To give credit where credit is due — the Literary Map of the United States was part of the celebration of Independent Bookstore Day. It’s an incredible map with one book chosen for each state — there are two for California and Texas. Each book was set within the state and captures some salient aspects of its place on the map. Reading them over the course of the year, we have decided that some of the books meet that expectation better than others but they have all been good to great reads. In our case, I adapted the map to show our journey — and I also moved Alaska north from where they had it as an inset on top of Mexico to the spot where our trek across country would begin. Some of my critics were amused that while most people look at a map and think of movement from east to west, I decided to go the other direction — because that is, after all, how we read! Our journey started in the far northwest and will end (we’re not finished at the time that I write this) on the east coast in New Hampshire. I divided the US into regions and the girls voted for one book in each region. Because of the big difference in state size east vs west, we ended up with a lot of stops bunched up in the east. There was probably a better way to divide that states into groups than the way I did it!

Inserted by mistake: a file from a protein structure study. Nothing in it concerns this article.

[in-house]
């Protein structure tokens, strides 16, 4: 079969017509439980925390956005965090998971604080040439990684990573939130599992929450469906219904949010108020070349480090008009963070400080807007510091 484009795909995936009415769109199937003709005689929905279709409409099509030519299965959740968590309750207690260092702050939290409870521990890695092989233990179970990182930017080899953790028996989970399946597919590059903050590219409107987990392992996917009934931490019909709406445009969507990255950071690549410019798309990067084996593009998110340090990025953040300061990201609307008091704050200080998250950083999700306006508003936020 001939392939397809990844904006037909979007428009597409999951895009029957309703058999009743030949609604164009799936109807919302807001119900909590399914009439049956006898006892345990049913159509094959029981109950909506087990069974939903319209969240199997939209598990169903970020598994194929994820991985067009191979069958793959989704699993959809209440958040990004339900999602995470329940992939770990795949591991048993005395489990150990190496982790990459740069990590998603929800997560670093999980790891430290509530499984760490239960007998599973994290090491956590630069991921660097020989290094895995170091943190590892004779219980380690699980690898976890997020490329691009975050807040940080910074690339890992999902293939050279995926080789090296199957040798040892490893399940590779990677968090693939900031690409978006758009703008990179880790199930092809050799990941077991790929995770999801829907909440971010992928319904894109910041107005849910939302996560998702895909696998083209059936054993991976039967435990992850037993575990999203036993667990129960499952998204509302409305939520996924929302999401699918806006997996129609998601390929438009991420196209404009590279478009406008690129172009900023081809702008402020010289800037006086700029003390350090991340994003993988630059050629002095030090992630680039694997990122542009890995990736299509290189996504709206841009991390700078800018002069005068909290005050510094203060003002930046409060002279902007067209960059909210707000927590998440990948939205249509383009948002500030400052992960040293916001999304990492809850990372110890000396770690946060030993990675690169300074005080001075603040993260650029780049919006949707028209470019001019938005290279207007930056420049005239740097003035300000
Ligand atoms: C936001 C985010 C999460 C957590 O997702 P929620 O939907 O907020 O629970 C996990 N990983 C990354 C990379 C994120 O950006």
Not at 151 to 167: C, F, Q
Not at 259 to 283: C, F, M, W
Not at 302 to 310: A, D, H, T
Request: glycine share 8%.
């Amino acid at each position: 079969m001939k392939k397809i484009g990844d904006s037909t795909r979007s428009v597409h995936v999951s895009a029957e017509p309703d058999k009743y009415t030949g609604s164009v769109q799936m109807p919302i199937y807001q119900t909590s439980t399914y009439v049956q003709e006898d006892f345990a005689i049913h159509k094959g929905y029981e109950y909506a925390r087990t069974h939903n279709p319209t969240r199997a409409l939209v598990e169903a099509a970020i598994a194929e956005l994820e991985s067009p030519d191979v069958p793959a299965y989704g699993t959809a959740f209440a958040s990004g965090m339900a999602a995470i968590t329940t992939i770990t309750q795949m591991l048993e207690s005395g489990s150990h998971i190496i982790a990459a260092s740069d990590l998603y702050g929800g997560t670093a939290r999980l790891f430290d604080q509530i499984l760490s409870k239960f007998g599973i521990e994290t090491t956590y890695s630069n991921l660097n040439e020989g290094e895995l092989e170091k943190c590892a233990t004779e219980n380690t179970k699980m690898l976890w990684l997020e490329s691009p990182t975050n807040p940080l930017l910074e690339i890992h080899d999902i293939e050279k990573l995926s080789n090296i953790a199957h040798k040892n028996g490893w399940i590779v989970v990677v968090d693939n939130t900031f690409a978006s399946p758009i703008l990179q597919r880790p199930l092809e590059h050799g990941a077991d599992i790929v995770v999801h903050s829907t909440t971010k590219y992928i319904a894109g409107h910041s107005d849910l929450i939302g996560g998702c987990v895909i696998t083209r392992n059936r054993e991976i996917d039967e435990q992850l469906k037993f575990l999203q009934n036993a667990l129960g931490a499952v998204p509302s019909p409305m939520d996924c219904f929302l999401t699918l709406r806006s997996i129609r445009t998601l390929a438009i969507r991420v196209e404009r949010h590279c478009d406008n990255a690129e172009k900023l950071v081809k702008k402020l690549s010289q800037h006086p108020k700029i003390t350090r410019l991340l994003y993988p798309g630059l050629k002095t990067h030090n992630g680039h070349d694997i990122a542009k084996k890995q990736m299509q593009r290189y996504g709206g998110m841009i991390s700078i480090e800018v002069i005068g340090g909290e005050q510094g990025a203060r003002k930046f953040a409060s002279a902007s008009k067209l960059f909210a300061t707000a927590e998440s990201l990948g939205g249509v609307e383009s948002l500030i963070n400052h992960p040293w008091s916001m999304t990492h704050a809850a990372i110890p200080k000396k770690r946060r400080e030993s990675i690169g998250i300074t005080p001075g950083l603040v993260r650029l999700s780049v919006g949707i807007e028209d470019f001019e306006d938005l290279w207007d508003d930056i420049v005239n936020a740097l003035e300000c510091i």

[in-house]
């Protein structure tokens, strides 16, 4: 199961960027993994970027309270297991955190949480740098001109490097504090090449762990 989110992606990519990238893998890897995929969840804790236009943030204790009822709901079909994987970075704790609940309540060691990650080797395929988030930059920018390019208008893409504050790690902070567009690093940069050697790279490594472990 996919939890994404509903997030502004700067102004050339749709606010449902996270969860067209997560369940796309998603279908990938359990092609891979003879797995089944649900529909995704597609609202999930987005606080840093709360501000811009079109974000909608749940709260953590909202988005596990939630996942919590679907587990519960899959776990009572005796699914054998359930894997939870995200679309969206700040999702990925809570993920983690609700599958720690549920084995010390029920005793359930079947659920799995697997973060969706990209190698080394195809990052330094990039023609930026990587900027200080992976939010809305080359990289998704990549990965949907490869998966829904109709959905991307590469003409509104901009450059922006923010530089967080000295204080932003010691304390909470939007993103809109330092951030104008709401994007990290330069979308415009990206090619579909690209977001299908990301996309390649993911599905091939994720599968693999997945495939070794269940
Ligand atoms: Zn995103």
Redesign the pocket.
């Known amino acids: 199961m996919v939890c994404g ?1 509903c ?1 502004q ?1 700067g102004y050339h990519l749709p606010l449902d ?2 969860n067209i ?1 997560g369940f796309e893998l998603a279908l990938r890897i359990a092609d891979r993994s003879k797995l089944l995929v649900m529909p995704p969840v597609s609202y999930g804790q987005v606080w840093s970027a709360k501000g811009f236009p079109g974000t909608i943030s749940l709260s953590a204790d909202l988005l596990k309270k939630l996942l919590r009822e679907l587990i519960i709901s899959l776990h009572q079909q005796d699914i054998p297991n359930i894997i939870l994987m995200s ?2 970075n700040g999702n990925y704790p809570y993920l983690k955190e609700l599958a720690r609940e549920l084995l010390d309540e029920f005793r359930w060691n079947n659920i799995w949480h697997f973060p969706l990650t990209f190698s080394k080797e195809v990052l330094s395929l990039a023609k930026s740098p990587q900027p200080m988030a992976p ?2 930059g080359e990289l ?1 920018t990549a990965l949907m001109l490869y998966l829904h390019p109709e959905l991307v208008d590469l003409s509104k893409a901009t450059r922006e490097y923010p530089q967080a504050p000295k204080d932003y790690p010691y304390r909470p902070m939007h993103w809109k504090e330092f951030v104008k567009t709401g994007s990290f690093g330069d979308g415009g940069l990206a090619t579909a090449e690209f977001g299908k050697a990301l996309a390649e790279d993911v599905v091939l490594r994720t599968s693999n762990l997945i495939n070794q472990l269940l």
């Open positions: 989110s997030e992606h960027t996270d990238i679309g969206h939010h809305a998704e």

The upper right corner tells us to “Read the USA in our Chevrolet.” As explanation, I have to say that music is so prominent in my brain, I think in lyrics. When I first wrote Read the USA, it was impossible not to rhyme it with Chevrolet thanks to Dinah Shore. (I’ve mentioned that I’m old.) And below that, we get in the fictional reference — Fictional Cartography. The column going down the right side indicates which book we’ll be reading and in what hotel we’ll be staying (who will be hosting) with the months just represented as 1-12. On the back of the map I added lists of books for all the states we’re missing as well as the “hotel” addresses and phone numbers — the part you can’t see.
Some of the books included on the state lists above are middle grade reads. I couldn’t stop myself from including a few books from authors such as Kate di Camillo, Richard Peck (who we sadly just lost earlier this year, 2018,) Claire Vanderpool, Sharon Creech and Ellen Klages.
For anyone offended by the note in the Wyoming block that there is no Wyoming, it’s just a movie set, I apologize if this goes against what you believe. My brother, Paul told me this, swore that it was true, and as the baby of the family I am obliged to believe him. He lived in Nevada most of his adult life, so it seems like he would know.
January: Alaska, To the Bright Edge of the World by Eowyn Ivey
February: Idaho, Housekeeping by Marilynne Robinson
March: Arizona, Animal Dreams by Barbara Kingsolver
April: Texas, Lonesome Dove by Larry McMurtry
May: Michigan, True North by Jim Harrison
June: Indiana, The Stone Diaries by Carol Shields
July: Tennessee, A Death in the Family by James Agee
August: North Carolina, A Short History of a Small Place by T.R. Pearson
September: West Virginia, John Henry Days by Colson Whitehead
October: Maryland, The Accidental Tourist by Anne Tyler
November: New York, The Bonfire of the Vanities by Tom Wolfe
December: New Hampshire, The Hotel New Hampshire by John Irving